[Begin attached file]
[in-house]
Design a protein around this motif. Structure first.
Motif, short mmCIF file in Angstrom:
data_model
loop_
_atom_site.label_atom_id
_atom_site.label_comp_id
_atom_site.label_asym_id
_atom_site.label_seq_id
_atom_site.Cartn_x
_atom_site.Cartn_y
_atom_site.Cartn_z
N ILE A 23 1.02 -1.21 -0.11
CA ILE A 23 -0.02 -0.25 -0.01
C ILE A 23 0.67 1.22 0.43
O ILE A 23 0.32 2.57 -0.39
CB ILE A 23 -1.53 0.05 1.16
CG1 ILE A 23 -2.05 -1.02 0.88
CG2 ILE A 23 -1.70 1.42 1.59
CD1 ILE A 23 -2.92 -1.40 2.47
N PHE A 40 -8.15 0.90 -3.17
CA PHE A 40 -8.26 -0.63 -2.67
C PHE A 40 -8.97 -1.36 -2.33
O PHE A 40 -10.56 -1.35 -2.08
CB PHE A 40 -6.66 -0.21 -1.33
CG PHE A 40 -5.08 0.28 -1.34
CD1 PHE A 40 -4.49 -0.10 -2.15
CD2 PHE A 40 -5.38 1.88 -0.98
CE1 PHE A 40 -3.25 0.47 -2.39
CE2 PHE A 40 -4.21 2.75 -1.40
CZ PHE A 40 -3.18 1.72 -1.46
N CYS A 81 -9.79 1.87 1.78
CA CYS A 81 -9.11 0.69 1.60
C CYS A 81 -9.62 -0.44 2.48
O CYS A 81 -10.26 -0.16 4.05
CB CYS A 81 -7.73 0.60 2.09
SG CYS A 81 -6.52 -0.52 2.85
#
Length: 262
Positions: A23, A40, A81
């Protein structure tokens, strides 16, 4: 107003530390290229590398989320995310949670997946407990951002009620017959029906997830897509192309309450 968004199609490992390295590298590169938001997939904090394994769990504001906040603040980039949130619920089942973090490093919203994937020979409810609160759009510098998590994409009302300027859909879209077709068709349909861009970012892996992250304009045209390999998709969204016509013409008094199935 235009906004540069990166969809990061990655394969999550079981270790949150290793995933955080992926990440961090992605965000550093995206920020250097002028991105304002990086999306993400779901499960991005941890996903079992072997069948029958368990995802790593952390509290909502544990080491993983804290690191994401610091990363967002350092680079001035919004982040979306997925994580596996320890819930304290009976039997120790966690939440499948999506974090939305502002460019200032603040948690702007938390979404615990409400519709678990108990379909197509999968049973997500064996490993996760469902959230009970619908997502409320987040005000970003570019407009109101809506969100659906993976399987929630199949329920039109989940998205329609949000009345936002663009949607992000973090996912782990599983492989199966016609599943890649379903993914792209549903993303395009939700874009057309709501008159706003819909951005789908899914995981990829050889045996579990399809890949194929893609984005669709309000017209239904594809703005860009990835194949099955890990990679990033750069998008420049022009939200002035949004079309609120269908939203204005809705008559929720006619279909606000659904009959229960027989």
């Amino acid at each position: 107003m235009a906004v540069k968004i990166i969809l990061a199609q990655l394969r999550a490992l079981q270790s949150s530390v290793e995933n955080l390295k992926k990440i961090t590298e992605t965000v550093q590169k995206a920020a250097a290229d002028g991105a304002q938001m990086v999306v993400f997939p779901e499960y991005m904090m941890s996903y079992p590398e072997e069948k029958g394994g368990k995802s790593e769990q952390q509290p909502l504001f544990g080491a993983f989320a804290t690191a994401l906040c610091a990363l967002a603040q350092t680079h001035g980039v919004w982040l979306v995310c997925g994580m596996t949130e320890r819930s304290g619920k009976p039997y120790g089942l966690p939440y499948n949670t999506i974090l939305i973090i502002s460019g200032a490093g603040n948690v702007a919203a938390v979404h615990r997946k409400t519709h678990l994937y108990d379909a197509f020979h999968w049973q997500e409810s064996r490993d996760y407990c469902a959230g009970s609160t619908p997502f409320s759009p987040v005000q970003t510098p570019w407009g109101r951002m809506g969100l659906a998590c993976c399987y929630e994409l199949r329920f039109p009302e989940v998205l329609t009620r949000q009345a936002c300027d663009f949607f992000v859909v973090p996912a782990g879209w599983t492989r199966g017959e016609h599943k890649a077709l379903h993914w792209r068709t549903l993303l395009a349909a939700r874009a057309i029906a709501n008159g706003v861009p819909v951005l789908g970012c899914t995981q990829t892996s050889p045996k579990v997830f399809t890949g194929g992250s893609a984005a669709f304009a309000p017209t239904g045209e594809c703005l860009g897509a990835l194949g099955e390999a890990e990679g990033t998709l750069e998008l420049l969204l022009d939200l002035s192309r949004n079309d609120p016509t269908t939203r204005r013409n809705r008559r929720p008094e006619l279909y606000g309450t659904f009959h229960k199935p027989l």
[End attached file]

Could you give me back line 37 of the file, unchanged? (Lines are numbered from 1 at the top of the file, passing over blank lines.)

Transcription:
SG CYS A 81 -6.52 -0.52 2.85